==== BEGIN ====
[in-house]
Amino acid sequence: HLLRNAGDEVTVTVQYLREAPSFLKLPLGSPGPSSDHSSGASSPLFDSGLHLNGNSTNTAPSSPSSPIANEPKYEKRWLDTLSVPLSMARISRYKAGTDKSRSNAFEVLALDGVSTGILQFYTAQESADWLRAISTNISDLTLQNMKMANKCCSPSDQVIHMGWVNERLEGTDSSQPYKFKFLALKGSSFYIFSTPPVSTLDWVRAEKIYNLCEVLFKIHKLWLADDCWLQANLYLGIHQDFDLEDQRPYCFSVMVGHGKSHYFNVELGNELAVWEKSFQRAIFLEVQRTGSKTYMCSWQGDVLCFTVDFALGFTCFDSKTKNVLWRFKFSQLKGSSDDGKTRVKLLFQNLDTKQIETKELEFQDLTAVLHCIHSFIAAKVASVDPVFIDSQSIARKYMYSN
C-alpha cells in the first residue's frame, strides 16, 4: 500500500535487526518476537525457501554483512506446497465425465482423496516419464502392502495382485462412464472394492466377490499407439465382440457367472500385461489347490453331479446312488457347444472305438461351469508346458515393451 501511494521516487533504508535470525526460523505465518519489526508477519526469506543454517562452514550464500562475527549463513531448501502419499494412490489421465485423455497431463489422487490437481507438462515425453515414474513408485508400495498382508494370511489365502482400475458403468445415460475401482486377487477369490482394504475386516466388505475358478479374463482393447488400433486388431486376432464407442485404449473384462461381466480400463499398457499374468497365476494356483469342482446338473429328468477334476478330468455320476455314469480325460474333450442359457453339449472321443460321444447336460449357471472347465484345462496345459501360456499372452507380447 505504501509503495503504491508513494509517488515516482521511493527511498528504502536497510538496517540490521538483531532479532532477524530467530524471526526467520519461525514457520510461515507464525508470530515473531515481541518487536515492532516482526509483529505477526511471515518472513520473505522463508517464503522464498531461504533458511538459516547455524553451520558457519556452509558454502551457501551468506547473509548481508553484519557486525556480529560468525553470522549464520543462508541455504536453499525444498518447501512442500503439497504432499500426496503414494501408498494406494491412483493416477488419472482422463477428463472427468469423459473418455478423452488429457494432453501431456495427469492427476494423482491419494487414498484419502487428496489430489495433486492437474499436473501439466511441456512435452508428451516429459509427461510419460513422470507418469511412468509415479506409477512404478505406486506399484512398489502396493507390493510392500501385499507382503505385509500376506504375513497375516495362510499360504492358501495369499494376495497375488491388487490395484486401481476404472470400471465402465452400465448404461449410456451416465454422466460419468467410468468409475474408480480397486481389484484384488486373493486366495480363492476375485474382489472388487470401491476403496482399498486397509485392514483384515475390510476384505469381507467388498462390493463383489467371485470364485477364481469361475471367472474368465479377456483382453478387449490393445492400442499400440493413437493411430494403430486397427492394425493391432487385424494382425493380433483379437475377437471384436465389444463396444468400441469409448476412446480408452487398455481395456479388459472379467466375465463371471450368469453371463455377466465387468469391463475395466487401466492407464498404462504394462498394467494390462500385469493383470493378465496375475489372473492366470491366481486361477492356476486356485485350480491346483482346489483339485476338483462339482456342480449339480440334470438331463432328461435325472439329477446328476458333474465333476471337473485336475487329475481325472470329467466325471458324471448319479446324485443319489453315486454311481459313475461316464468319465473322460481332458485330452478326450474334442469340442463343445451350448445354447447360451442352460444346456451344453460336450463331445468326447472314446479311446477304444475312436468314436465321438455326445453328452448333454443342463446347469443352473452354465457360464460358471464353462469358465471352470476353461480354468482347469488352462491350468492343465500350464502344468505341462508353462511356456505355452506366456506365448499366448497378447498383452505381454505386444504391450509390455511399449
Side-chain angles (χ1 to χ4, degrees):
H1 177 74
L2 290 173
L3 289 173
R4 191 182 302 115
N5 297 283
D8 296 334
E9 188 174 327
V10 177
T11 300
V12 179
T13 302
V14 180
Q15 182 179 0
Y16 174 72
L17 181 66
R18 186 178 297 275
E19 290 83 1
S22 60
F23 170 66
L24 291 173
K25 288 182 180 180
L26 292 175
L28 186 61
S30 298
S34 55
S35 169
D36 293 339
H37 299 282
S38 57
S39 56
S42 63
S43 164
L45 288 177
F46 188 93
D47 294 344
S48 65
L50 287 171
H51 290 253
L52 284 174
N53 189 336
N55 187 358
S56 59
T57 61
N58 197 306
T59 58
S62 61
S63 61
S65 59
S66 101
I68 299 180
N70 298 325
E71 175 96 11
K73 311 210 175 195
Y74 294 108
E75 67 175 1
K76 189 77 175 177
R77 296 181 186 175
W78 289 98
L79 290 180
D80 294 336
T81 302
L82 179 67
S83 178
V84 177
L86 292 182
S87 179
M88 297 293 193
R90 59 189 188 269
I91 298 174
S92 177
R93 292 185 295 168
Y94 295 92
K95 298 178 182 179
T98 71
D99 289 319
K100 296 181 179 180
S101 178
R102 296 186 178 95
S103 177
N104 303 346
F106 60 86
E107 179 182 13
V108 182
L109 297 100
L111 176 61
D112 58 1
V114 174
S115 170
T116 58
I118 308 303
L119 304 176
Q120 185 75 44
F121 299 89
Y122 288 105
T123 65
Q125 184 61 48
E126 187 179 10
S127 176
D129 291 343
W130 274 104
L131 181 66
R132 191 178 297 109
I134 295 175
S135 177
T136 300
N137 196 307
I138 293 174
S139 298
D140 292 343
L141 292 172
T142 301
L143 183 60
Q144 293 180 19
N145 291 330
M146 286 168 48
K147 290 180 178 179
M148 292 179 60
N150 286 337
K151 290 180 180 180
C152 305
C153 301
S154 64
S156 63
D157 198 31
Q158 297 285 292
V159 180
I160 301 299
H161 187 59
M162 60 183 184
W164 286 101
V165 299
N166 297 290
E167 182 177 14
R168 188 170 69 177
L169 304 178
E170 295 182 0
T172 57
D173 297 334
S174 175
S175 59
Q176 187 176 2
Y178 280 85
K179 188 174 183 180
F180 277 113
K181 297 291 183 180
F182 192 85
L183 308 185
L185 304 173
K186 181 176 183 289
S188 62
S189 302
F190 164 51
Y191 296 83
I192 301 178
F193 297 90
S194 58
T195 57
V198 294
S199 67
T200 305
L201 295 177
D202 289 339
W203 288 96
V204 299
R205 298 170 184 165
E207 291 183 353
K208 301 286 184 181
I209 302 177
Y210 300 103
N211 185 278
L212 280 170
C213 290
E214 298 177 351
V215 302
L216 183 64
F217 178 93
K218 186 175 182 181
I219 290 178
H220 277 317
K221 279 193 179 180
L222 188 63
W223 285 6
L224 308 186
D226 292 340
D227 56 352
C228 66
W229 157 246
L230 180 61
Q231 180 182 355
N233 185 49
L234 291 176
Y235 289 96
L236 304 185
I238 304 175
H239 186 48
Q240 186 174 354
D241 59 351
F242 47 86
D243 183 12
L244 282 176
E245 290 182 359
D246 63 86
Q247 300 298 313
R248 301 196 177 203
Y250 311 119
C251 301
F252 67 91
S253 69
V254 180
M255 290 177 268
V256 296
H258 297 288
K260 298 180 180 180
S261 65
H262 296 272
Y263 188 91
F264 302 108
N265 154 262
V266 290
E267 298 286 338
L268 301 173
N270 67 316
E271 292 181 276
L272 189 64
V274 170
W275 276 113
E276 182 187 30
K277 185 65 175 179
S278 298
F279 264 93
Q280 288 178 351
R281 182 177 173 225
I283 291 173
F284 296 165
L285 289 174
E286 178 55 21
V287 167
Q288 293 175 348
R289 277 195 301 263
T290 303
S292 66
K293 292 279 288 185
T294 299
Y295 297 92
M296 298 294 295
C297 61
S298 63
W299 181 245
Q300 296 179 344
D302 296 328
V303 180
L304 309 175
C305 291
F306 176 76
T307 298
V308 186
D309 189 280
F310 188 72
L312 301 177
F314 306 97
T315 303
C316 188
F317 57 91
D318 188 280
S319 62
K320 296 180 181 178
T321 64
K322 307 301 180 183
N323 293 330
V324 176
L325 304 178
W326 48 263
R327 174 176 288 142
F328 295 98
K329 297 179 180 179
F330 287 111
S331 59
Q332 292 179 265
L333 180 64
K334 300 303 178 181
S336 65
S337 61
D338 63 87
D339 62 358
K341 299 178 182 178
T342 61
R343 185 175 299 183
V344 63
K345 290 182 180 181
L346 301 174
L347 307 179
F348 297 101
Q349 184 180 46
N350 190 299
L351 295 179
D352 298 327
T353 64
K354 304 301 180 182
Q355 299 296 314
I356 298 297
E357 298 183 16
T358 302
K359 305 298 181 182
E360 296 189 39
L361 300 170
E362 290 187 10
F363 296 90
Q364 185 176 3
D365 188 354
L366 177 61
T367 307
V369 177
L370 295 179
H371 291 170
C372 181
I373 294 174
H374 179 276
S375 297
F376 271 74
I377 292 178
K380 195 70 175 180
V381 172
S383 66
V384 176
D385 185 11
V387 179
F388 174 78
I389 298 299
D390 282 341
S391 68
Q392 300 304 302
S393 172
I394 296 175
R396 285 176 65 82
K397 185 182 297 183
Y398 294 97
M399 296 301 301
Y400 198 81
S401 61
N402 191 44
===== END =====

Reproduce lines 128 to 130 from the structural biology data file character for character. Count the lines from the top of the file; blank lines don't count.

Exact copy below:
D157 198 31
Q158 297 285 292
V159 180